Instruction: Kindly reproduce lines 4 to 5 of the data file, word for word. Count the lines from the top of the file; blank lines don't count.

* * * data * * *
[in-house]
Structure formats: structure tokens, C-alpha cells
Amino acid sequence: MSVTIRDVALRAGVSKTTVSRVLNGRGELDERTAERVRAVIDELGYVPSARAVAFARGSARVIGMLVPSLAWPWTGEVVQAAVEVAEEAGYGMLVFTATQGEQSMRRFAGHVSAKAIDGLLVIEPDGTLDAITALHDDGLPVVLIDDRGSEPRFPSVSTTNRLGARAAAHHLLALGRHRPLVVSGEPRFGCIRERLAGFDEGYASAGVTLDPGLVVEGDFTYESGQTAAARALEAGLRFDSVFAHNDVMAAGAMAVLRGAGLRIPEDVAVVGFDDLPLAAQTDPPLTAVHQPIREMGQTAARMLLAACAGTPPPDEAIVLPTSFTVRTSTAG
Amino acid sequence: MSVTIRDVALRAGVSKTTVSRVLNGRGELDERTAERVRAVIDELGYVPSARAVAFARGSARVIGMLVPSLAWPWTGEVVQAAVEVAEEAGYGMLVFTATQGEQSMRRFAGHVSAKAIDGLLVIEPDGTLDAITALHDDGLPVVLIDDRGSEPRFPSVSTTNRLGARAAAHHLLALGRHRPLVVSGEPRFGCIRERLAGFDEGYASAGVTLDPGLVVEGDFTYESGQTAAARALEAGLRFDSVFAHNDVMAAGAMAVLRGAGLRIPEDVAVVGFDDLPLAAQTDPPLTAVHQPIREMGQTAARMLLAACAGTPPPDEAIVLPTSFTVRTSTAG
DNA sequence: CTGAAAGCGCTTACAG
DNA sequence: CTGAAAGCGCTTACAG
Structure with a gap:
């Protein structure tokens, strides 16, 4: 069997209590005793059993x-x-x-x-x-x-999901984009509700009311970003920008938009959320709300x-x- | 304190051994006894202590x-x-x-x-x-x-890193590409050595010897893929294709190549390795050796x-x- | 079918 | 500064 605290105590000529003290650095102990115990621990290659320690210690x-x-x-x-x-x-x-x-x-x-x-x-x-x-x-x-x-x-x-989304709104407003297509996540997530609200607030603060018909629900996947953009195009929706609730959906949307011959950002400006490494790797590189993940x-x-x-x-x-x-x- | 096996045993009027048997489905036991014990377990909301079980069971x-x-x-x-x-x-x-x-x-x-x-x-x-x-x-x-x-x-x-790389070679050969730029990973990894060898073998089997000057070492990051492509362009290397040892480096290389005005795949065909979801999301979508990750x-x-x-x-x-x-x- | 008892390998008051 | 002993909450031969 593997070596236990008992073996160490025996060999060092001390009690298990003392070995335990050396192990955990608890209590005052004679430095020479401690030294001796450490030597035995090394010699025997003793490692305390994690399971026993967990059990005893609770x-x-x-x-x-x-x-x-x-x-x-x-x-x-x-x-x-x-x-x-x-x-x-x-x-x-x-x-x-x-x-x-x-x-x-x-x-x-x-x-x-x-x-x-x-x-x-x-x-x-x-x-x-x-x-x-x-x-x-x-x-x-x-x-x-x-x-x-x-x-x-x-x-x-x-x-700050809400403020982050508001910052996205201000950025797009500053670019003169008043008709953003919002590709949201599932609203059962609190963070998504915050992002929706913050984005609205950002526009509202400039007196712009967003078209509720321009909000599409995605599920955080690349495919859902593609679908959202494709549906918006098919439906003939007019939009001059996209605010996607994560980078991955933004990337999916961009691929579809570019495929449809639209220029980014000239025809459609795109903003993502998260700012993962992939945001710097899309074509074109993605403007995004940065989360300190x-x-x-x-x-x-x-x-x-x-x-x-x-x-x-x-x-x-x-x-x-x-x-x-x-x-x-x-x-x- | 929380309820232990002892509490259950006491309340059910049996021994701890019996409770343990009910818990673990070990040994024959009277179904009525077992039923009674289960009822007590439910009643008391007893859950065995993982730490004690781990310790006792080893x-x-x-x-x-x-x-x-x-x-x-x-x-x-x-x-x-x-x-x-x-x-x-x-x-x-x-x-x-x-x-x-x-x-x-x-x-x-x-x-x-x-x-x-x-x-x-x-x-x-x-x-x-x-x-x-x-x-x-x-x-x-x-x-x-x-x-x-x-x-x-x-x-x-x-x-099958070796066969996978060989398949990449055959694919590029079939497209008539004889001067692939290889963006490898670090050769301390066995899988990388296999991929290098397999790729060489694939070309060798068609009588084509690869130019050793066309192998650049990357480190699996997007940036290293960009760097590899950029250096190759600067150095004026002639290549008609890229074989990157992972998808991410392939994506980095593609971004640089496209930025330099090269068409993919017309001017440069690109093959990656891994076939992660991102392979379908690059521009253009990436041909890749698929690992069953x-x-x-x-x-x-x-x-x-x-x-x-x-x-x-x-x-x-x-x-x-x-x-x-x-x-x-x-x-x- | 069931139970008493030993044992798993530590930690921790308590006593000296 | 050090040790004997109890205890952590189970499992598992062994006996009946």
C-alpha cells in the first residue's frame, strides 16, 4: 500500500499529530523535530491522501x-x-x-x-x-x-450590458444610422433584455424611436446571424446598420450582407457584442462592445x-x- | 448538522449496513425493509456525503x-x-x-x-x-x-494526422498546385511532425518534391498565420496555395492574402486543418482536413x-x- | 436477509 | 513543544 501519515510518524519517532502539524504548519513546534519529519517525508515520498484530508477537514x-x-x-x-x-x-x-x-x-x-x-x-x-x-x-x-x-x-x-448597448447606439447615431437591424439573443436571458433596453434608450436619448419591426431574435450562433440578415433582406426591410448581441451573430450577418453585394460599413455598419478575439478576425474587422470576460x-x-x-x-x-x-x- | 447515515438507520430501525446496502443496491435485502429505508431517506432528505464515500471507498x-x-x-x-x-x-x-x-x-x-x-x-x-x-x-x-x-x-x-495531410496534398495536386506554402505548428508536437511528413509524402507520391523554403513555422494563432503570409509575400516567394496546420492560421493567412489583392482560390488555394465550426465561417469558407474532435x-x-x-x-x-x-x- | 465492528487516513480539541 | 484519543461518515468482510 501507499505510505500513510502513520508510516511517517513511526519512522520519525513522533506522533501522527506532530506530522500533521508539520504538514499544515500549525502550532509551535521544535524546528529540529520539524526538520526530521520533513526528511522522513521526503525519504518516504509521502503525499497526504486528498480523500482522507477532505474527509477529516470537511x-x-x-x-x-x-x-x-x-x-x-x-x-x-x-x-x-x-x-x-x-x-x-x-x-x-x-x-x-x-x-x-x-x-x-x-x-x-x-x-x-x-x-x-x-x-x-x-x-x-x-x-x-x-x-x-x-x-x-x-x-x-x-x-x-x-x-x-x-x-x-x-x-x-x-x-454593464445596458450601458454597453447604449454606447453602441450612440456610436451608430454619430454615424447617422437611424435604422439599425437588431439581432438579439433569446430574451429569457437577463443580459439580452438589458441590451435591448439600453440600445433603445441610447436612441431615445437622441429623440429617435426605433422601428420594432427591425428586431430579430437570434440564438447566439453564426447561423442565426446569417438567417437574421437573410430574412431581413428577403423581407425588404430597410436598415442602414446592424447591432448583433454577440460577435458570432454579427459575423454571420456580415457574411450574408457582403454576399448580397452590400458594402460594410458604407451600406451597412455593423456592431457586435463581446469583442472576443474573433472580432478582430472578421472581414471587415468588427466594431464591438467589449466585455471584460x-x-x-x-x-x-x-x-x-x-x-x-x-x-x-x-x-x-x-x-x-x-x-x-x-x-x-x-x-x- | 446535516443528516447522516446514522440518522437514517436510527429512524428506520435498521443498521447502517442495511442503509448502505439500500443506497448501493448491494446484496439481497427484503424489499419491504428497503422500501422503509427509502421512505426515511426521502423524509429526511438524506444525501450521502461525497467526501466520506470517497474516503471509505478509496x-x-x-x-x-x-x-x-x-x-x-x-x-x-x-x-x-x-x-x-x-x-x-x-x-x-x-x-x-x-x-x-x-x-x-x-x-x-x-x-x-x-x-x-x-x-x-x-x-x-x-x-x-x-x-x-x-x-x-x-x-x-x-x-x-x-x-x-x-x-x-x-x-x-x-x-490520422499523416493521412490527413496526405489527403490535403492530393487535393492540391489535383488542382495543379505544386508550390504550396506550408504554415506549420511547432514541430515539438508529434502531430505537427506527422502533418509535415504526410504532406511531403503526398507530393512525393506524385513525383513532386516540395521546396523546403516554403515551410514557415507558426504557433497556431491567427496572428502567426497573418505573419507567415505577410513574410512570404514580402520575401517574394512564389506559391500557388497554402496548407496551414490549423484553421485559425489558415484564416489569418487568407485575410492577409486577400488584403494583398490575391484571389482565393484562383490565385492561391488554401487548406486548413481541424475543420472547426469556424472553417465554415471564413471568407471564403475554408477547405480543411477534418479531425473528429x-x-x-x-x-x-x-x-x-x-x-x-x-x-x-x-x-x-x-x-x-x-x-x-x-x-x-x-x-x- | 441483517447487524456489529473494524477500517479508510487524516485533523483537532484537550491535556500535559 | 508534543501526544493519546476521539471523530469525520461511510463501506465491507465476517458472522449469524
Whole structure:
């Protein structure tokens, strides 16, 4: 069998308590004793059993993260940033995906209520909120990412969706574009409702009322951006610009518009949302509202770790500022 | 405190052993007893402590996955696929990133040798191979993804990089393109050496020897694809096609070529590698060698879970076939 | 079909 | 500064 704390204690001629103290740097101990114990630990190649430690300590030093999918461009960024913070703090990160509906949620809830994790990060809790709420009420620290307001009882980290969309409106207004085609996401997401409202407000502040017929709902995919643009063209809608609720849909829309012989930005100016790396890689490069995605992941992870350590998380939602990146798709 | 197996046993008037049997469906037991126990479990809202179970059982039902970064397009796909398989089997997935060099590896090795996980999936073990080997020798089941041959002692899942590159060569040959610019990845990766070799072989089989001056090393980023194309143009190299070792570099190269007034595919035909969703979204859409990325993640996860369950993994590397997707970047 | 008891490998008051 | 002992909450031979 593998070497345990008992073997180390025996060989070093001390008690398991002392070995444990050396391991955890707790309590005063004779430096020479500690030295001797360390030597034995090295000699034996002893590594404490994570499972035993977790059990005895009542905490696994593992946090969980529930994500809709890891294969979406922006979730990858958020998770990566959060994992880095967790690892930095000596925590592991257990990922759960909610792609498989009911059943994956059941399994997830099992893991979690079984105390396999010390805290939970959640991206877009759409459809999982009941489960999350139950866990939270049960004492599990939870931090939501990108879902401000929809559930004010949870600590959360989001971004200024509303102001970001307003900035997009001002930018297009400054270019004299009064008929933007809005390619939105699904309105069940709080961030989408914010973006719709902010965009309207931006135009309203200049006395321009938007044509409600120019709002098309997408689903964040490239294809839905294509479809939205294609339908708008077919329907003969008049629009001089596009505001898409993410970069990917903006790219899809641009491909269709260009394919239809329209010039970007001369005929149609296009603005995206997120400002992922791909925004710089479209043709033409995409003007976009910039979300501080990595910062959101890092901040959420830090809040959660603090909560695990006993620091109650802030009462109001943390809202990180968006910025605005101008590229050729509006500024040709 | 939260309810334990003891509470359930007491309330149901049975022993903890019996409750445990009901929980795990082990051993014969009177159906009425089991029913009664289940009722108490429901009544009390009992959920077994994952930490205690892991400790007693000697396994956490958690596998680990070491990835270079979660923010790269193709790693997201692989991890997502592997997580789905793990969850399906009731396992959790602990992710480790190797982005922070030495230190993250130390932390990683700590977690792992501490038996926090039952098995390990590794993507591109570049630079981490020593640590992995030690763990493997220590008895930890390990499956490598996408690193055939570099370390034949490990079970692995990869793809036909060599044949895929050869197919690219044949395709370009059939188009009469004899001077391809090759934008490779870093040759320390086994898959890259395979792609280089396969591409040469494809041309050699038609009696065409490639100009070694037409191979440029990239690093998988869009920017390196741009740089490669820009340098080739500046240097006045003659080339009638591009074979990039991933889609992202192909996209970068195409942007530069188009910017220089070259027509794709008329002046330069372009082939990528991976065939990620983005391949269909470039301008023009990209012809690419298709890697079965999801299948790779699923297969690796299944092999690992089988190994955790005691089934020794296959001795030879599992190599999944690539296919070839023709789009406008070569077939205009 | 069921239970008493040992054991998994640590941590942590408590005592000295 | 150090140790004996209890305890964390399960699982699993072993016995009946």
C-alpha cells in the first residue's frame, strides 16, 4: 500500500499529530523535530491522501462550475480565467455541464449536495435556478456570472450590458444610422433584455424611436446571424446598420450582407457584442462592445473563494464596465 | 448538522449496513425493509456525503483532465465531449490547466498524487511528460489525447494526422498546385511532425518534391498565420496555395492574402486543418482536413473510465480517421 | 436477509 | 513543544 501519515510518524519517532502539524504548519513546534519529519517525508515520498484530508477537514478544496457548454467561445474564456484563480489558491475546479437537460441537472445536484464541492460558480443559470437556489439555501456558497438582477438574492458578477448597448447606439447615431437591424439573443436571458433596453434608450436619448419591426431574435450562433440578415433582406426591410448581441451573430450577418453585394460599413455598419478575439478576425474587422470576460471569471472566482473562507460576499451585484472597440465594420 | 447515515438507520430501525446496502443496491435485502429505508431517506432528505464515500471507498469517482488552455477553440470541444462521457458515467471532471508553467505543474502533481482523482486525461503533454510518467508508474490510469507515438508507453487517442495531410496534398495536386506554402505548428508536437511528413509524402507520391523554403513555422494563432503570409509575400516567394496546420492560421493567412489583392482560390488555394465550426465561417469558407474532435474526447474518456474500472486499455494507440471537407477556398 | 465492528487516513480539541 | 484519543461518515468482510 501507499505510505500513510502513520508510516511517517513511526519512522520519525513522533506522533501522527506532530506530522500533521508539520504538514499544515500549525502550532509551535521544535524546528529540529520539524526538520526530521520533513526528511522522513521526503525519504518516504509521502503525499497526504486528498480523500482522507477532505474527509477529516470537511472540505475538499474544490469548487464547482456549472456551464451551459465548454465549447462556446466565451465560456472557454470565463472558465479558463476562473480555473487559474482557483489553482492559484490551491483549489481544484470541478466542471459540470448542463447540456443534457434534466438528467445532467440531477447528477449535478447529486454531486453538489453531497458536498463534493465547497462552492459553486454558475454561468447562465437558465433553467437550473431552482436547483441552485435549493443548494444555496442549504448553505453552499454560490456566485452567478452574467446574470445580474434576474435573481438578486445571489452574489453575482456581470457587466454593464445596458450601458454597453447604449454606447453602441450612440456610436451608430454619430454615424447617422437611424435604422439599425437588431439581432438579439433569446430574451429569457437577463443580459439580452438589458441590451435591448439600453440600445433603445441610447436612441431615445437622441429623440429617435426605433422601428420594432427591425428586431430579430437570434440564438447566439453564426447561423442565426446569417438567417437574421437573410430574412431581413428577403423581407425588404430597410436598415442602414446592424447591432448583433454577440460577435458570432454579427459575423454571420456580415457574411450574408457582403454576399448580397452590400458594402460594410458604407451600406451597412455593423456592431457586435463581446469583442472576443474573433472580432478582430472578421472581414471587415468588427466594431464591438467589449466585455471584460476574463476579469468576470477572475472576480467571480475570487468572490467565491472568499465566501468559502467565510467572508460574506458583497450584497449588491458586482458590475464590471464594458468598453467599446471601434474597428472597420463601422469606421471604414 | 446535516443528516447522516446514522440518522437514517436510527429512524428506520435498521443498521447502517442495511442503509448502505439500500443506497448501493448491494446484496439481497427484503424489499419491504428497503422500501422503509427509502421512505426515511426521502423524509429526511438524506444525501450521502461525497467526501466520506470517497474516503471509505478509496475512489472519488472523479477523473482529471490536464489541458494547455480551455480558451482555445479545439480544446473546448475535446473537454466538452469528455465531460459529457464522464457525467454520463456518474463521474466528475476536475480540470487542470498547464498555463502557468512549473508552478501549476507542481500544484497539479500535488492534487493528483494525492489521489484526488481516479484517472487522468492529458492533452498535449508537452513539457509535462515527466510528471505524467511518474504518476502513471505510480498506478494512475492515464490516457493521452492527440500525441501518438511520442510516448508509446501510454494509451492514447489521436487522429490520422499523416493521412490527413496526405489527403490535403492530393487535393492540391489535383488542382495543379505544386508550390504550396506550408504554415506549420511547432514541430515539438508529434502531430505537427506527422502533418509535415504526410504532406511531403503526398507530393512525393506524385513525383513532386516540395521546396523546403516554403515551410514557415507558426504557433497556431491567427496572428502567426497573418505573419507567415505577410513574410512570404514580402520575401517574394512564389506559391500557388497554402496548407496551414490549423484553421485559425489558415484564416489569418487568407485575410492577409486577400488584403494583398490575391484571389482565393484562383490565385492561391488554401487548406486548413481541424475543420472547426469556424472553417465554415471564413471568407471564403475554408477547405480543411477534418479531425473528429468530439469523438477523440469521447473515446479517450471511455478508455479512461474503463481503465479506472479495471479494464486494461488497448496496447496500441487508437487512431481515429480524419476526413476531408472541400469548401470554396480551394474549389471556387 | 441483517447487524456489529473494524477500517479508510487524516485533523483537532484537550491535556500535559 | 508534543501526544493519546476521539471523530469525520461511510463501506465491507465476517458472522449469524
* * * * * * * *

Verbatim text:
Amino acid sequence: MSVTIRDVALRAGVSKTTVSRVLNGRGELDERTAERVRAVIDELGYVPSARAVAFARGSARVIGMLVPSLAWPWTGEVVQAAVEVAEEAGYGMLVFTATQGEQSMRRFAGHVSAKAIDGLLVIEPDGTLDAITALHDDGLPVVLIDDRGSEPRFPSVSTTNRLGARAAAHHLLALGRHRPLVVSGEPRFGCIRERLAGFDEGYASAGVTLDPGLVVEGDFTYESGQTAAARALEAGLRFDSVFAHNDVMAAGAMAVLRGAGLRIPEDVAVVGFDDLPLAAQTDPPLTAVHQPIREMGQTAARMLLAACAGTPPPDEAIVLPTSFTVRTSTAG
DNA sequence: CTGAAAGCGCTTACAG